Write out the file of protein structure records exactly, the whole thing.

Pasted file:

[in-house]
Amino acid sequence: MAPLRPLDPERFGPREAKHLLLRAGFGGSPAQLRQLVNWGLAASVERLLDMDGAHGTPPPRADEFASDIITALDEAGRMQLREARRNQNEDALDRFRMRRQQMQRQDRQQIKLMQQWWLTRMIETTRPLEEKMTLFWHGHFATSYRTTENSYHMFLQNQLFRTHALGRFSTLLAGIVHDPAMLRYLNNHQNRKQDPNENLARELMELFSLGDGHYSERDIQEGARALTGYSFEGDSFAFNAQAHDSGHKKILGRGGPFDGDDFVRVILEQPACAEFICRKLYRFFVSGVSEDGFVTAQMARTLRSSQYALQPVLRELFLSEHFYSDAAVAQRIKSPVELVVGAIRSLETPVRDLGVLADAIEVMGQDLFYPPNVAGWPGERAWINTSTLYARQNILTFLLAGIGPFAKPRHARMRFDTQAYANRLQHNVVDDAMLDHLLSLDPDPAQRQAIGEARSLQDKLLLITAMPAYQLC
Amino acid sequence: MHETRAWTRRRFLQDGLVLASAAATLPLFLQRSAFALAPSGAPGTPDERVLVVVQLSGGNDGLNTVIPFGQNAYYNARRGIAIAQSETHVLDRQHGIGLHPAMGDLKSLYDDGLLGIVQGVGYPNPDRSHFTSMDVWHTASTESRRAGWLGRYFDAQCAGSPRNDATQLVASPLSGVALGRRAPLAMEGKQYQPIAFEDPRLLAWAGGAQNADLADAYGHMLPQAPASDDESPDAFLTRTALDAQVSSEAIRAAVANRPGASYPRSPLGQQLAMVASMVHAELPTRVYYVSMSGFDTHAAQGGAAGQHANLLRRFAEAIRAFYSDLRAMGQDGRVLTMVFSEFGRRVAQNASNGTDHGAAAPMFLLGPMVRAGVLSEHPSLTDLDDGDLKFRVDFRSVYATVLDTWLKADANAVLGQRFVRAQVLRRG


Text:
[in-house]
Amino acid sequence: MAPLRPLDPERFGPREAKHLLLRAGFGGSPAQLRQLVNWGLAASVERLLDMDGAHGTPPPRADEFASDIITALDEAGRMQLREARRNQNEDALDRFRMRRQQMQRQDRQQIKLMQQWWLTRMIETTRPLEEKMTLFWHGHFATSYRTTENSYHMFLQNQLFRTHALGRFSTLLAGIVHDPAMLRYLNNHQNRKQDPNENLARELMELFSLGDGHYSERDIQEGARALTGYSFEGDSFAFNAQAHDSGHKKILGRGGPFDGDDFVRVILEQPACAEFICRKLYRFFVSGVSEDGFVTAQMARTLRSSQYALQPVLRELFLSEHFYSDAAVAQRIKSPVELVVGAIRSLETPVRDLGVLADAIEVMGQDLFYPPNVAGWPGERAWINTSTLYARQNILTFLLAGIGPFAKPRHARMRFDTQAYANRLQHNVVDDAMLDHLLSLDPDPAQRQAIGEARSLQDKLLLITAMPAYQLC
Amino acid sequence: MHETRAWTRRRFLQDGLVLASAAATLPLFLQRSAFALAPSGAPGTPDERVLVVVQLSGGNDGLNTVIPFGQNAYYNARRGIAIAQSETHVLDRQHGIGLHPAMGDLKSLYDDGLLGIVQGVGYPNPDRSHFTSMDVWHTASTESRRAGWLGRYFDAQCAGSPRNDATQLVASPLSGVALGRRAPLAMEGKQYQPIAFEDPRLLAWAGGAQNADLADAYGHMLPQAPASDDESPDAFLTRTALDAQVSSEAIRAAVANRPGASYPRSPLGQQLAMVASMVHAELPTRVYYVSMSGFDTHAAQGGAAGQHANLLRRFAEAIRAFYSDLRAMGQDGRVLTMVFSEFGRRVAQNASNGTDHGAAAPMFLLGPMVRAGVLSEHPSLTDLDDGDLKFRVDFRSVYATVLDTWLKADANAVLGQRFVRAQVLRRG